A moss house number
Introduction: Pinterest made me do it
I have to face it: I’ve recently become addicted to Pinterest. Originally I got on because I thought it would be a simple and helpful way of collecting all my design inspirations for my house and garden. And it does work well for that, but the amount of new ideas coming in via Pinterest needs to be dealt with as well! So I’m trying to pin only the things I do not just like (that’s what the heart is for), but that also directly inspire my design processes. Which is still a lot.
So Pinterest brought me the moss graffiti idea… now that really is something that can be done fairly quickly and is super cool. And the house where I’m living right now does not have a number on the front. So a couple of days ago I decided to forage for moss, masking tape and a ladder and try out the simpler of the two recipes I found – it sounded too simple, and I reckoned there’d be plenty to go wrong during implementation.
What I did
I collected a measuring jug full of moss from several different places, just in case some types of moss liked that wall better than others – I think I should have had at least two different kinds in the mix. I shook and picked off as much soil as possible, filled in 1½ cups of buttermilk (1 cup = 500 ml), and then rued it almost immediately, because it was too much milk. Added a teaspoon of sugar and put it in the frisge over night, since it was simply too late to proceed that day.
Next day: Ran the electric blender through the mixture, which confirmed the previous night’s suspicions: far too runny. I went and got another handful of moss and mixed it in, which really didn’t help much. So I brightened up enough to pour it through a small colander, and that was a good idea!
The remainder could reasonably pass as a paste, so I fetched a ladder and a fresh paintbrush, got lucky and even dug up a roll of masking tape, which allowed me to do it Properly (these tiny things do matter when your closest companion is an OCD). The tape was useful anyway, since the paste was still a little on the runny side and dripped all over the wall. Mpf. Taping was easy even though I was practically flat to the wall, I just taped a five, looked at it from below and just left it like that.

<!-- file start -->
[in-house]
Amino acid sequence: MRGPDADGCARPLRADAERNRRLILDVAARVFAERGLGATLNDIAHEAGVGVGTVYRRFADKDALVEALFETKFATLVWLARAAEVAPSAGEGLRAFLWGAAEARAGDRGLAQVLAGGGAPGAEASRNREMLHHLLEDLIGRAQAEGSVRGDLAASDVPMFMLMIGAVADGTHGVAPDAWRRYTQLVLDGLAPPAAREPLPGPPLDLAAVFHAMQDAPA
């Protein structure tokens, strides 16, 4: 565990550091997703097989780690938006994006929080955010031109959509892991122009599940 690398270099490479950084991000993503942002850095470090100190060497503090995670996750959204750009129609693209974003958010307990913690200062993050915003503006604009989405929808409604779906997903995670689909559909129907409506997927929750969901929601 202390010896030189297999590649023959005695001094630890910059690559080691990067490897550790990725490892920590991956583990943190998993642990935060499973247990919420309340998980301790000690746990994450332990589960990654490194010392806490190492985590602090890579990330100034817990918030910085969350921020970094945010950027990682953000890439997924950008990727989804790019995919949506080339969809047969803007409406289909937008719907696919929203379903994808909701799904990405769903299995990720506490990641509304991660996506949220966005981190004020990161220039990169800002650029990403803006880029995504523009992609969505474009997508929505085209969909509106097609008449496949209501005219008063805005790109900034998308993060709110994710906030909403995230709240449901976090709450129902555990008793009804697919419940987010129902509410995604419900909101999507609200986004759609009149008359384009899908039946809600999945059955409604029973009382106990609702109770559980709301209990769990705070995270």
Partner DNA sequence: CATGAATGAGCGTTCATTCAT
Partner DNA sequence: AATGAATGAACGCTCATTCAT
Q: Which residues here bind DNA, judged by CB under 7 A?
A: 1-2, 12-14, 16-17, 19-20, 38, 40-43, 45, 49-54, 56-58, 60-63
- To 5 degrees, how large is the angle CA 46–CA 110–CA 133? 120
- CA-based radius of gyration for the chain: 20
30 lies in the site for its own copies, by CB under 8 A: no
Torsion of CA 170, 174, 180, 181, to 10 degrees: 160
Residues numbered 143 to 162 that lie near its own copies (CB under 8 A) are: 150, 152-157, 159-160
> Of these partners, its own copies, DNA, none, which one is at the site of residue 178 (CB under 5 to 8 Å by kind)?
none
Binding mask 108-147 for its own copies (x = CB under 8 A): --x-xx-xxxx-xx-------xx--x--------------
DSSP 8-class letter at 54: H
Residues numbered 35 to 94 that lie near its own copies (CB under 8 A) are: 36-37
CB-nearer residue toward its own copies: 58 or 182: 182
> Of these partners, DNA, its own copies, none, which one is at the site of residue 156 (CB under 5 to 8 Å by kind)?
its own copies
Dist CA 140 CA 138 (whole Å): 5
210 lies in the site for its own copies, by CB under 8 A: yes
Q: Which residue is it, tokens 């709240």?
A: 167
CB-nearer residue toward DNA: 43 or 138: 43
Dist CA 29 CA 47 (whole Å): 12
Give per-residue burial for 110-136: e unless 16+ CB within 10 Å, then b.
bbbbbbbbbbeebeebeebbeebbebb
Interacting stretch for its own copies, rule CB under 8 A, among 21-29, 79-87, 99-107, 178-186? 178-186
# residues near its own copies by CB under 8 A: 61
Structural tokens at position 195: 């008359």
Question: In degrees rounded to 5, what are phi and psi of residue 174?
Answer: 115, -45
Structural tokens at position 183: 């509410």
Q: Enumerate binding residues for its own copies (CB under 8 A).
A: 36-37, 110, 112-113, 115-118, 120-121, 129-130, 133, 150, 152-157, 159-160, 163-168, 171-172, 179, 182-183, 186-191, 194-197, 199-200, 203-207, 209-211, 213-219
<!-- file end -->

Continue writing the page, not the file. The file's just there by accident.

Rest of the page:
Next step: Apply paste to wall. That worked fairly well using the paintbrush, but loads of dirty buttermilk kept dripping and running down the wall. After I’d brushed on most of what was in the jug, the remainder got even runnier, and I had the brilliant idea to gather a clump of moss, squeeze it a little, and then just stick it on by hand. That did take longer, but worked out nicely and without making such a mess. I used this method to fill up a few patches until I’d had enough and there was hardly any moss left in the dirt soup.
After that I set to work rubbing off all the trickles and drips (I do feel that our house’s walls are just a little too nicely white, you know), but not from the sandstone stem wall. I wonder if the moss takes hold there! I wasn’t too thorough, I’ll admit, thinking that I’ll just borrow a pressure washer sometime soon and be done in seconds. Then put everything back in place and chewed on every passing person’s ears all the while – I’m just SOOO curious whether this will work!
Short summary up to now
If you’re planning to try this on a wall as well, the mixture had better be very moist moss paste rather than anything resembling thick soup. So start with only a little buttermilk, blend as much moss in as possible, adding buttermilk very carefully. But you’ve probably figured that out for yourself already. Other than that, it’s really done quickly, provided you have some patches of moss nearby. Excluding cleaning up and collecting moss, you’ll go a long way in an hour.
Of course I’ll keep you posted on how it goes! I’m not really sure at all that moss can grow on our wall. But hey, it’s a fun experiment, and should be fairly easy to wash off again if it doesn’t grow.